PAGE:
design. Soil horizon structure, vegetation patterning, vegetation 
density, and community diversity are also critical. All five of these 
elements of community architecture influence yields, plant health, pest 
and disease dynamics, maintenance requirements, and overall community 
character. For example, scientific research indicates that structural 
diversity in forest vegetation, what we call "lumpy texture," appears to 
increase bird and insect population diversity and to balance insect pest 
populations---independent of plant species diversity. Learning how and 
why plants pattern themselves in nature and about the effects of the 
diverse kinds of diversity on ecosystem function can add great richness 
to the tool box of the forest gardener.

Social Structure
The unique inherent needs, yields, physical characteristics, behaviors, 
and adaptive strategies of an organism govern its interactions with its 
neighbors and its nonliving environment. They also determine the roles 
each organism plays within its community. The food web is one key 
community structure that arises from each species' characteristics. 
Organisms also form various kinds of "guilds" that partition resources 
to minimize competition or create networks of mutual support.

When we design a forest garden, we select plants and animals that will 
create a food web and guild structure, whether we know it or not. It 
behooves us to design these structures consciously so we can maximize 
our chances of creating a healthy, self-maintaining, high-yield garden. 
For example, the vast majority of solar energy captured by natural 
forest food webs ends up going to rot. We can capture some of this 
energy for our own use by growing edible and medicinal mushrooms, most 
of which prefer shady conditions. We can design resource-partitioning 
guilds by including plants with different light tolerances in different 
vegetation layers, for instance, or mixing taprooted trees such as 
pecans and other hickories with shallow-rooted species such as apples or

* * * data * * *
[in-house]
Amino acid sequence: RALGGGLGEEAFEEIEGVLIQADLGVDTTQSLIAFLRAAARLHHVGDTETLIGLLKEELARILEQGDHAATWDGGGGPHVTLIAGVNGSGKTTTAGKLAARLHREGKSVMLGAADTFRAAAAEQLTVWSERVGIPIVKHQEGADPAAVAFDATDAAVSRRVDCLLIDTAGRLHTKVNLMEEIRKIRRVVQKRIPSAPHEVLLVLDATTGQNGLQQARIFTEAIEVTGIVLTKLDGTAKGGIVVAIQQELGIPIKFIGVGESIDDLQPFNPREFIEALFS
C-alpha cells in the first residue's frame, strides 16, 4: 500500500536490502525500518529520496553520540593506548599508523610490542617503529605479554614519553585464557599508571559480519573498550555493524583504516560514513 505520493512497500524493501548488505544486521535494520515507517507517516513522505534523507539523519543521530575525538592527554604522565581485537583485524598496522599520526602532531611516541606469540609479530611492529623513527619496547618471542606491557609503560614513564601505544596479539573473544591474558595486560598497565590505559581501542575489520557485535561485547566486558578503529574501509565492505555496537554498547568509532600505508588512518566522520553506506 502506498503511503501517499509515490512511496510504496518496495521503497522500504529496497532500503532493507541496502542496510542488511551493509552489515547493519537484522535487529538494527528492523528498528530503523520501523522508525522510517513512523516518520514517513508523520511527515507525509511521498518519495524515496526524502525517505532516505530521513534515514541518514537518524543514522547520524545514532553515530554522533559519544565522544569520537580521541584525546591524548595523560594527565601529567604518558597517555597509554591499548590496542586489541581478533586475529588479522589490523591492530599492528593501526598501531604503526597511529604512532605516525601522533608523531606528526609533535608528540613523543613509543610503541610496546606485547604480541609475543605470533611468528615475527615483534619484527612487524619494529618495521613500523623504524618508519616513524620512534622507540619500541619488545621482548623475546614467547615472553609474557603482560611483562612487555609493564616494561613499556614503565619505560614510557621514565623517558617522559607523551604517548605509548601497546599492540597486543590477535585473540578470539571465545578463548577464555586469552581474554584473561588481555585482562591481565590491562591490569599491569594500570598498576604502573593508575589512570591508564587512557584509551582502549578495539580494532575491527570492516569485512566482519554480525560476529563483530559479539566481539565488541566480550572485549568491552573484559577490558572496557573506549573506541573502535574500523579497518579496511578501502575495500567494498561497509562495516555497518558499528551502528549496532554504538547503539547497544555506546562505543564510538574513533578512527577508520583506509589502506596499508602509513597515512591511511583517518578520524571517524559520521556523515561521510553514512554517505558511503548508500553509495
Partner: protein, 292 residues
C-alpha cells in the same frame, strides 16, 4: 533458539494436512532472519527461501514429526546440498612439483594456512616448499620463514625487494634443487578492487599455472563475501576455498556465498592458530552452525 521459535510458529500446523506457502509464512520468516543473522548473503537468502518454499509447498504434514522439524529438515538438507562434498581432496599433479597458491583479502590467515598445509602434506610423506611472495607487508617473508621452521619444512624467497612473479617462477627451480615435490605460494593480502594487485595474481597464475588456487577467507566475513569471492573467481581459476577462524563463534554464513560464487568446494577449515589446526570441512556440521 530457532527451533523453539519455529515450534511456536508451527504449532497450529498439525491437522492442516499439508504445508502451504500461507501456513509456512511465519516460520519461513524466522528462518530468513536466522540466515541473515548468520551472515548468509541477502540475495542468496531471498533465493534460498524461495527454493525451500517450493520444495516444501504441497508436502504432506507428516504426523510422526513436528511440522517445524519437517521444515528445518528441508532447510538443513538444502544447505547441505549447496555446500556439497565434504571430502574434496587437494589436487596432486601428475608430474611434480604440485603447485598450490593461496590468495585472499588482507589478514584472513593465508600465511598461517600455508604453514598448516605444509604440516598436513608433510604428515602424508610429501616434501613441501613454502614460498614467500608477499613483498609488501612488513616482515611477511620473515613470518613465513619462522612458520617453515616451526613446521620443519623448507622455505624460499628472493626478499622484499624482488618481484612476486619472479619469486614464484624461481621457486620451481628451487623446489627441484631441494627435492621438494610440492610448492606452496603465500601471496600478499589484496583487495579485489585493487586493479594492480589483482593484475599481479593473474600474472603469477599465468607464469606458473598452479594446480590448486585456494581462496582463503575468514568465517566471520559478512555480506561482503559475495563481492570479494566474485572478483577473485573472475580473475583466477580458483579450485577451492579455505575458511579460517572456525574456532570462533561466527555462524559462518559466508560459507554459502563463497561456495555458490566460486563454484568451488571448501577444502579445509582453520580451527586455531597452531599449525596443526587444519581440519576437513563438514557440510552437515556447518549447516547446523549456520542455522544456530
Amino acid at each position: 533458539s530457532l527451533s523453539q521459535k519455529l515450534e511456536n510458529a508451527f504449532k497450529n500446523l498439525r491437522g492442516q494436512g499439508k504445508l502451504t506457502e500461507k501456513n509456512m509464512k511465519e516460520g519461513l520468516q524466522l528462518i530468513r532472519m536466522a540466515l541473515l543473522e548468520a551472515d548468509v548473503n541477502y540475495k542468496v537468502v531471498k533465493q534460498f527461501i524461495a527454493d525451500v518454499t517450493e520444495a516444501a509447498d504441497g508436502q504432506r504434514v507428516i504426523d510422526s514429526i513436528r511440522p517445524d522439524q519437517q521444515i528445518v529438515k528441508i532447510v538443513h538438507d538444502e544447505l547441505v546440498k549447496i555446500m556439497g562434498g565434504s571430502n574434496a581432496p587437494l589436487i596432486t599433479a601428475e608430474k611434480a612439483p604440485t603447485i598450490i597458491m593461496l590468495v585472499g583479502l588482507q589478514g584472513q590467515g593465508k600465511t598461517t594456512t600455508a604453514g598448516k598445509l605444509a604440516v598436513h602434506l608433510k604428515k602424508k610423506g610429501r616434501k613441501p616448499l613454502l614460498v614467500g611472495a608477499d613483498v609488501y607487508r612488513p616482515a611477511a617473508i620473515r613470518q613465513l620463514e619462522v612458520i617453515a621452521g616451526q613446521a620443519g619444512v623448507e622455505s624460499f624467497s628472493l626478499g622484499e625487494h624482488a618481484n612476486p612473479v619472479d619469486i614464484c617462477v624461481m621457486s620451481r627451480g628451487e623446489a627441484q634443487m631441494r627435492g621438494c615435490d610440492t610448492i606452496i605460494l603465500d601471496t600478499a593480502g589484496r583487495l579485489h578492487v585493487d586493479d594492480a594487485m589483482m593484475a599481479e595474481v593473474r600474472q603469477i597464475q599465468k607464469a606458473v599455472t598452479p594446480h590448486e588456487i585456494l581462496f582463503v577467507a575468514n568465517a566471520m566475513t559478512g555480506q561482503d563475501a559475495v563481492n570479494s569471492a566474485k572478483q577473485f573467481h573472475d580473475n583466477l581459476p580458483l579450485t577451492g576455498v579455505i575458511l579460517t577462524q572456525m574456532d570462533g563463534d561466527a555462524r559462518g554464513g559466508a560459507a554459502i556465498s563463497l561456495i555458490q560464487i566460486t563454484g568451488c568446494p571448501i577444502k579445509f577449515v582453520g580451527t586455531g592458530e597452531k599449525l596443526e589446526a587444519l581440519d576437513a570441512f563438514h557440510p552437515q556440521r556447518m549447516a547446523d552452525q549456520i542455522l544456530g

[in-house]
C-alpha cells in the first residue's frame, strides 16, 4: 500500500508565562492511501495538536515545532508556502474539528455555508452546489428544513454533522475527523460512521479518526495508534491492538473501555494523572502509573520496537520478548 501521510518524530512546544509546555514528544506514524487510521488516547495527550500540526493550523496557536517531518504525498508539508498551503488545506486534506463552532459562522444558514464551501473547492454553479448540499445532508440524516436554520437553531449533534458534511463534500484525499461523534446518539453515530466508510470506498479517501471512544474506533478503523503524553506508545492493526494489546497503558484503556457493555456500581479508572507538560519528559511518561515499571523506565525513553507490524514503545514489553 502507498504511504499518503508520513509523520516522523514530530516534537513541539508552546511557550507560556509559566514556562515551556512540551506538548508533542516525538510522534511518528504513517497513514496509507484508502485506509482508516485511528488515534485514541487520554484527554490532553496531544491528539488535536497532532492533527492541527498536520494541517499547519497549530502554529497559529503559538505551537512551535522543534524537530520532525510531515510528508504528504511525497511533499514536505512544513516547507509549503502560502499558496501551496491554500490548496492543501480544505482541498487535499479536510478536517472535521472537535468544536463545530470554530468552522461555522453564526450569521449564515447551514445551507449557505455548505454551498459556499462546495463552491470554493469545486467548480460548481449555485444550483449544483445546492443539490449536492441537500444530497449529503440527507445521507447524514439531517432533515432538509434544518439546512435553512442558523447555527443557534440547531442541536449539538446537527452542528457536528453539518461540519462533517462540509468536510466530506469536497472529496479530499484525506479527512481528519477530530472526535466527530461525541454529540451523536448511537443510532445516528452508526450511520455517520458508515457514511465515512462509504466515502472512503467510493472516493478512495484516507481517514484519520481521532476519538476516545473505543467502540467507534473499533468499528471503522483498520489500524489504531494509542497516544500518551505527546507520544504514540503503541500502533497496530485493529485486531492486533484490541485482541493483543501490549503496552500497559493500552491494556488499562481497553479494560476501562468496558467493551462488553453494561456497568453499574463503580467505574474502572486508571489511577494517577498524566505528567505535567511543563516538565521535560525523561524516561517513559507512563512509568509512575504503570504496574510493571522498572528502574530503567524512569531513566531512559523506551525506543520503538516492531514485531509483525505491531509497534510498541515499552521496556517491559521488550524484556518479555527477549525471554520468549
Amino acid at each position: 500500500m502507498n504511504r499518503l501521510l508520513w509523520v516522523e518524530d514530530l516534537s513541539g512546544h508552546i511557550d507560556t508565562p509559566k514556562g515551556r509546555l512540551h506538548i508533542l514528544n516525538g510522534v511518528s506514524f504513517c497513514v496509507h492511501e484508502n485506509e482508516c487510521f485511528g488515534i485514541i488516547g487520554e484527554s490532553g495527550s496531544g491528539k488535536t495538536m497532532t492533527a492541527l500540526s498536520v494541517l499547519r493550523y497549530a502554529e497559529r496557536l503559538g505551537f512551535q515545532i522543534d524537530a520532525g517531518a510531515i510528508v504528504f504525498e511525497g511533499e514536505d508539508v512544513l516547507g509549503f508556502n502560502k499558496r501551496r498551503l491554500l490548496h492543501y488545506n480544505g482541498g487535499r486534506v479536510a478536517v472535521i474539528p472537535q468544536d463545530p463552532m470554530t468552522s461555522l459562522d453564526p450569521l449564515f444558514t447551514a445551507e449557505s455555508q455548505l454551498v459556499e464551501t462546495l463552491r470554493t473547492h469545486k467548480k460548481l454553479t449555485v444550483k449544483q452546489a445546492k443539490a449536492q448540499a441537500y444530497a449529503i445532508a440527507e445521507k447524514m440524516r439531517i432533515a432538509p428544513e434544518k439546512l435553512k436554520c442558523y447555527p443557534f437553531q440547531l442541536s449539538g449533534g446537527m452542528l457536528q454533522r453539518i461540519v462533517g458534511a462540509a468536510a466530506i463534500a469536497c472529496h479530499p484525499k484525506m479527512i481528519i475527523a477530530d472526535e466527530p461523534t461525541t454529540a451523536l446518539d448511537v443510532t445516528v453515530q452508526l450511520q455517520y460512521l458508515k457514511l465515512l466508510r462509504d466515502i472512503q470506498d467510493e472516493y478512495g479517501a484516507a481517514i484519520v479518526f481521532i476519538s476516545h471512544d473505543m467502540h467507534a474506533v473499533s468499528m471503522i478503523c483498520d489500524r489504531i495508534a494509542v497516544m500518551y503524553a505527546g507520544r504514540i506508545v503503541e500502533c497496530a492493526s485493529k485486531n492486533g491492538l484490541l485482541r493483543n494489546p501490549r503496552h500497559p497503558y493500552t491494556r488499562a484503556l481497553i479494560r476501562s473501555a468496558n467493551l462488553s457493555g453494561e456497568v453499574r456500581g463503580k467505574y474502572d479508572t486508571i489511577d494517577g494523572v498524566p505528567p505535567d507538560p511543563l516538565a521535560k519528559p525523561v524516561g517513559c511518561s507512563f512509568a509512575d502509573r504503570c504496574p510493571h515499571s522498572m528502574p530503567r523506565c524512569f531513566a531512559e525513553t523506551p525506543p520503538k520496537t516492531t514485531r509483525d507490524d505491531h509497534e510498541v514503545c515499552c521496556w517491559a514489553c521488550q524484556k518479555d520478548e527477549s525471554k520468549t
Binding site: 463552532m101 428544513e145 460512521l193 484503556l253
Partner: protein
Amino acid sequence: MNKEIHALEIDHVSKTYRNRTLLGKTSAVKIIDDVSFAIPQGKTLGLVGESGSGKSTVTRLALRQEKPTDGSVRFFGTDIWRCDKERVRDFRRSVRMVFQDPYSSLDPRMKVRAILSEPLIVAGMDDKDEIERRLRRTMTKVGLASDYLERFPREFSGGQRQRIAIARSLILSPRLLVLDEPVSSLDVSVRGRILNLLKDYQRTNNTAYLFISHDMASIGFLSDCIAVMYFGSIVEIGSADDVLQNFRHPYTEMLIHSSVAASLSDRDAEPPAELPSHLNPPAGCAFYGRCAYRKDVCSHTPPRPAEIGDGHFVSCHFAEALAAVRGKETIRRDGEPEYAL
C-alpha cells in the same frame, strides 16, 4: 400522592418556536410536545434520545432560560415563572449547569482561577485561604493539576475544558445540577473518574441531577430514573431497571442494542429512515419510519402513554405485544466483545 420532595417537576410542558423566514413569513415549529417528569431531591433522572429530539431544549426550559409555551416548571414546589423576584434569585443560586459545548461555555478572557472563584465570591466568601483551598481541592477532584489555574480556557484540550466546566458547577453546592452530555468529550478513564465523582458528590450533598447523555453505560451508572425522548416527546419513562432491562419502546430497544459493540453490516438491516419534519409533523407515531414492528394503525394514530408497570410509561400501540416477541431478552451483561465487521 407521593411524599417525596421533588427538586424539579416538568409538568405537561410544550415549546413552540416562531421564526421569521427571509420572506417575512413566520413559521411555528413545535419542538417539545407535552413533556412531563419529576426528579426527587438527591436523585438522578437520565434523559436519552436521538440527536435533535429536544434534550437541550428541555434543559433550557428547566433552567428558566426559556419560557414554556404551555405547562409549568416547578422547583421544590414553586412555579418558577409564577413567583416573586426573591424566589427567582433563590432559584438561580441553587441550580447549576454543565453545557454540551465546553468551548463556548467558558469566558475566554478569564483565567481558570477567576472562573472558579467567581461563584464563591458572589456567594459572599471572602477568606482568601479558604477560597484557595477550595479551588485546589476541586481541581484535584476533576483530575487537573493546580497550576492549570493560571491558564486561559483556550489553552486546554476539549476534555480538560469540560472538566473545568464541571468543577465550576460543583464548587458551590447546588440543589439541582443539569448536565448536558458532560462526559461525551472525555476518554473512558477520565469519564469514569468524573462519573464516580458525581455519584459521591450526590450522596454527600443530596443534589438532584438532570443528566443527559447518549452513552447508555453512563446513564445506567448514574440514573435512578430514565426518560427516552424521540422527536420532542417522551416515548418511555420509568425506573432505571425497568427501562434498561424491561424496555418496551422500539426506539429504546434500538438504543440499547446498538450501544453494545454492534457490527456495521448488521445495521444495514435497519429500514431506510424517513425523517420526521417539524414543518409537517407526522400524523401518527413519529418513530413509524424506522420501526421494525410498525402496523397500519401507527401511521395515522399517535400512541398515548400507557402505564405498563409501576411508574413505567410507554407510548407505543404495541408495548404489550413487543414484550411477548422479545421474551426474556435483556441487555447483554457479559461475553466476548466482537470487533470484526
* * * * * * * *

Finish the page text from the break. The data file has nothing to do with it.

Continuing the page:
pears. We can build mutual-support guilds by ensuring that pollinators 
and insect predators have nectar sources throughout the growing season. 
Insights into the guild structure of ecosystems provides clear direction 
for design as well as research into many aspects of agroecology.

The Underground Economy
The workings of nature's "underground economy" are a mystery, but the 
dynamics of this ecosystem are fundamental to the workings of all 
terrestrial communities. What is the anatomy of self-renewing soil 
fertility? How do plant roots interact with each other and their 
environment? What roles do microbes and other soil organisms play in our 
forest gardens, and how should we interact with them?

Plants are critical components of the structure that creates 
self-renewing fertility in natural ecosystems. They plug the primary 
nutrient leaks from the soil and energize a networked system of plants, 
soil organic matter, soil organisms, and soil particles that gathers, 
concentrates, and cycles nutrients conservatively. Maintaining perennial 
plant cover greatly aids this process. In addition "dynamic accumulator" 
plants like comfrey (Symphytum officinale) selectively accumulate 
mineral nutrients to high levels in their leaf tissues, adding them to 
the topsoil each fall. As we enter the post-oil age, our understanding 
of the anatomy of self-renewing fertility will become more and more 
critical to our success in temperate climates.

Understanding the dynamics of woody and herbaceous plant roots is 
critical to learning how to design and manage forest gardens. In what 
patterns do plant roots grow, why, and when? While the majority of tree 
roots grow in the top two to three feet of soil, it turns out that fruit 
trees that can get even a small percentage of their roots deep into the 
soil profile produce more fruit more consistently, resist pests and 
diseases more effectively, and live longer than those that have only 
shallow root systems. Good pre-planting site preparation is therefore a 
highly worthwhile endeavor. Root system understanding provides a solid 
foundation for plant species selection and polyculture design.

Soil organisms perform numerous critical functions in forest and garden 
ecosystems, and we can easily disrupt these allies and their work with